But what about that darn camera? Deja Vu. It's big and heavy. The rear screen sucks hard. But it focuses like a bat out of hell and the files are rich and satisfying. I remember why it was I had such fond memories of my first ownership of this camera model. In it's time the handling was state of the art. And, at ISO 100 and 200 its image quality might still give current cameras a run for their money. While its 12 megapixels might not give you the micro detail of the new generation of 40+ megapixel cameras I remember an article about "shot discipline" written by Ming Thein wherein he made the point that if you are using a camera handheld, in the street, you'll probably never exceed the image resolution that one gets at 12 megapixels and, that at higher megapixel densities shot discipline (technique) becomes ever more important. Perhaps 12 megapixels won't satisfy every situation but he made a good case for the many, many times that 12 megapixels is optimal.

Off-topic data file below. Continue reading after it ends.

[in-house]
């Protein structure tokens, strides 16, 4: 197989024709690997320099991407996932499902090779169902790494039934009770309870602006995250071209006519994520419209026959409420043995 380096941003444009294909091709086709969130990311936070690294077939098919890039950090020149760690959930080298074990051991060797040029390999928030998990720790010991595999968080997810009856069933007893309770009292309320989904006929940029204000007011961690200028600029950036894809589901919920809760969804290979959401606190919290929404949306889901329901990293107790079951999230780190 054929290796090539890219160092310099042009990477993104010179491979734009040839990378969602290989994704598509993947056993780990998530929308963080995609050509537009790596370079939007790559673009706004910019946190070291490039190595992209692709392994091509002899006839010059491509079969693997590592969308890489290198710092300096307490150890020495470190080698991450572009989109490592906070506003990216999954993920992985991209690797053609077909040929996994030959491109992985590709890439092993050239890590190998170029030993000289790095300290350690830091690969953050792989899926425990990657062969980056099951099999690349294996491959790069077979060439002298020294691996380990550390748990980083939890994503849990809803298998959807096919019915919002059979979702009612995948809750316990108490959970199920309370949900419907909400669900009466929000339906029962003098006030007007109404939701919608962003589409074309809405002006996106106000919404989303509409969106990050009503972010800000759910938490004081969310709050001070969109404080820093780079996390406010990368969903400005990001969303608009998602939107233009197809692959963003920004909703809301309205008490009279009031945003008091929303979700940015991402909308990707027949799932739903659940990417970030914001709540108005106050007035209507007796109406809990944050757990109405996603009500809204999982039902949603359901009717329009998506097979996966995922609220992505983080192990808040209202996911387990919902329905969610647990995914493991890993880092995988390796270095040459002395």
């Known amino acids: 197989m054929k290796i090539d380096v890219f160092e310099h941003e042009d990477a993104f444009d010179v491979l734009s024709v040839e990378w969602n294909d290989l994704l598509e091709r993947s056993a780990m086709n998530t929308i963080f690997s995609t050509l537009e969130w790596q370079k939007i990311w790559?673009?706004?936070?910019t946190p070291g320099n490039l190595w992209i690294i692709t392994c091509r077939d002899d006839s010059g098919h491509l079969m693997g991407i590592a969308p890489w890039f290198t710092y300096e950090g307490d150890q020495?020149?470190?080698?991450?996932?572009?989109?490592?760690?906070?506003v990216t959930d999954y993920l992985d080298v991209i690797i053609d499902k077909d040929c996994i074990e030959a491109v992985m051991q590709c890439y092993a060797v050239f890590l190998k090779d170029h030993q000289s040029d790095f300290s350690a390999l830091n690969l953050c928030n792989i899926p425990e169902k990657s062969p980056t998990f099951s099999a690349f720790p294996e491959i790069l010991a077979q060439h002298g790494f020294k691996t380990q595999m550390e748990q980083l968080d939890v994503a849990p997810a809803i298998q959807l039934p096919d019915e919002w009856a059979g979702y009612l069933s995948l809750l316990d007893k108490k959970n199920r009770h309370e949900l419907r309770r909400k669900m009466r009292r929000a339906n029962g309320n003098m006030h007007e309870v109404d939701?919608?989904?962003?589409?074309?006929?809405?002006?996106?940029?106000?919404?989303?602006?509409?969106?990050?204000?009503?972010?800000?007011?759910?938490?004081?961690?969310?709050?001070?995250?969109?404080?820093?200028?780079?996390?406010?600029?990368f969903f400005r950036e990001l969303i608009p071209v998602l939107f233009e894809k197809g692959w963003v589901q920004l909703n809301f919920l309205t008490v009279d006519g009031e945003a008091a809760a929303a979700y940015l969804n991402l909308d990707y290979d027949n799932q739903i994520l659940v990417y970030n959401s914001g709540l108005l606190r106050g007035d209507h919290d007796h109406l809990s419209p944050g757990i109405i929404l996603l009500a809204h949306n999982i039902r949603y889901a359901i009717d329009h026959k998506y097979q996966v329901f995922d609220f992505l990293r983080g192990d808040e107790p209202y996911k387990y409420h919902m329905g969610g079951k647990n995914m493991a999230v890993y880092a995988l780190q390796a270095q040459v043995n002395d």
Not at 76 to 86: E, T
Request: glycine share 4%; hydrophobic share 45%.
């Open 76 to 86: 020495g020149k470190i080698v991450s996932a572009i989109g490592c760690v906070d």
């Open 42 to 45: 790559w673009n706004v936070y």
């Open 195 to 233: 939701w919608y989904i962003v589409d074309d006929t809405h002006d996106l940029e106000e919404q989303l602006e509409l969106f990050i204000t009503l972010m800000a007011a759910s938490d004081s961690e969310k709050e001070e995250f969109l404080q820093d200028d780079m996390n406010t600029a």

Here are a few shots I made shooting the camera at ISO 400, straight to Jpeg. I think it's a marvelous camera as far as images go and I'm trying right now to figure out how to integrate it into our shoot at a radiology clinic tomorrow, along with our GH5's. Maybe I'll bring it along as a "behind the scenes" black and white documentary camera. I've done crazier things.....

Hope your week was as productive as mine --- but a lot less stressful. Hope Mike Johnston can dig himself out of the snow banks! Hope Ben is staying warm in Saratoga Springs.